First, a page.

Now, focusing on your own well being when you’re trying to control depression is exhaustive at best because you really don’t care.

However, having dealt with plenty of challenges throughout my life I knew that one of the best ways to get a grip was to take control.

At this point in time, I wasn’t going to the gym, wasn’t keep an eye on the food I was eating and was touching 14stone 3lbs. 36inch waist jeans felt uncomfortable, and there may have been 38inch jeans being worn. I was wearing anything and everything as baggy as I could. Let me just post the ‘before’ data:

Weight: 14stone 3lbs
Waist: 36-38inch
Clothing: Extra-Large

February 2014 and the introduction of Slimming World

Jen had been wanting to lose some weight and tried weight watchers, having visited one of their get-togethers she realised it wasn’t for her. After speaking with a friend she happened upon Slimming World. I did my usual “these things are all the same and never work” explanations. She loaned a load of the Slimming World books from a few people and we sat down one night to look through the things that you could eat. I’m not going to lie, the food looked amazing and the variation of what you could eat was incredible.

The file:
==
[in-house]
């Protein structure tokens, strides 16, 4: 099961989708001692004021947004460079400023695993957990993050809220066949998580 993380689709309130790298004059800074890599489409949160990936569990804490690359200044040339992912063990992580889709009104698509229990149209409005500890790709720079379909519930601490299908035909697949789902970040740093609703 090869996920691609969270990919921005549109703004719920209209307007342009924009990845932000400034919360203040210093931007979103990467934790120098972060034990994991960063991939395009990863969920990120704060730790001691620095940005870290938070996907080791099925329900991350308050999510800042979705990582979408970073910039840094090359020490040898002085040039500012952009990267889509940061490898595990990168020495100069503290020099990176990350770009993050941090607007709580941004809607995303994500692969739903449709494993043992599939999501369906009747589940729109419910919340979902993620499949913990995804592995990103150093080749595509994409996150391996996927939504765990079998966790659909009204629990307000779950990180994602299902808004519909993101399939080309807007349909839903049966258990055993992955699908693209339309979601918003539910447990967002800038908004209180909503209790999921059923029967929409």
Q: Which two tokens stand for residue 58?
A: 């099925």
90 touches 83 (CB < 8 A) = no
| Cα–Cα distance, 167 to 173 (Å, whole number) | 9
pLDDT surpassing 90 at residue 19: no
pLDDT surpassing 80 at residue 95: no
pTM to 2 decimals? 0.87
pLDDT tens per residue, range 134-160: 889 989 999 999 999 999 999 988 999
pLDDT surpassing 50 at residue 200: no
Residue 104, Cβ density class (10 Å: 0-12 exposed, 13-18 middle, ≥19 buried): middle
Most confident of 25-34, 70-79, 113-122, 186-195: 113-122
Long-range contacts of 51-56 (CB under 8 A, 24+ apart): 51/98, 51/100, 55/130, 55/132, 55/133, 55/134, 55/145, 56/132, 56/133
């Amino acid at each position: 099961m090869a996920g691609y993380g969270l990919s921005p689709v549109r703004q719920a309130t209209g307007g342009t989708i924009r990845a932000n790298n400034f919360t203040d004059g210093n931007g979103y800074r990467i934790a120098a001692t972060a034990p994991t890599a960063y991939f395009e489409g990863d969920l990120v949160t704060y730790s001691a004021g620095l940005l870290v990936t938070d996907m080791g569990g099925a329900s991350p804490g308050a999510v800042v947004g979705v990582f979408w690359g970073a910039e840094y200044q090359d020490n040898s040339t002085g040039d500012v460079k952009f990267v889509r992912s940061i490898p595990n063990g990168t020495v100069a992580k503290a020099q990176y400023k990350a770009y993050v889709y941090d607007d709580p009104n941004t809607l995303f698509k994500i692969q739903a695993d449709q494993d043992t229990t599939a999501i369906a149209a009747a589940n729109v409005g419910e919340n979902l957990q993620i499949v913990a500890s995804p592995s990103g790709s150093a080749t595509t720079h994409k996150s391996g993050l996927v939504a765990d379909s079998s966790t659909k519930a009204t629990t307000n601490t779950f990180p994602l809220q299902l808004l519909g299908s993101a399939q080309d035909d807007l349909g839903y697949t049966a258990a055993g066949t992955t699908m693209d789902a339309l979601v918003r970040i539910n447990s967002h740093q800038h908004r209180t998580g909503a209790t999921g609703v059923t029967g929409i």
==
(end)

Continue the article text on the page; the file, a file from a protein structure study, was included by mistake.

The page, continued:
I didn’t understand, nor still do understand the over-easy, under-easy, healthy B or whatevertheheck they call them options but we started it and kept at it.

We were eating meals like ‘Burger in a Bowl‘, ‘Beef Ragu‘, Chicken Curry, Chicken and Chips (no joke) and load of other amazing meals.

This is what a typical day looked like for me;

Breakfast: Special K Cereal Bar + Cup of Tea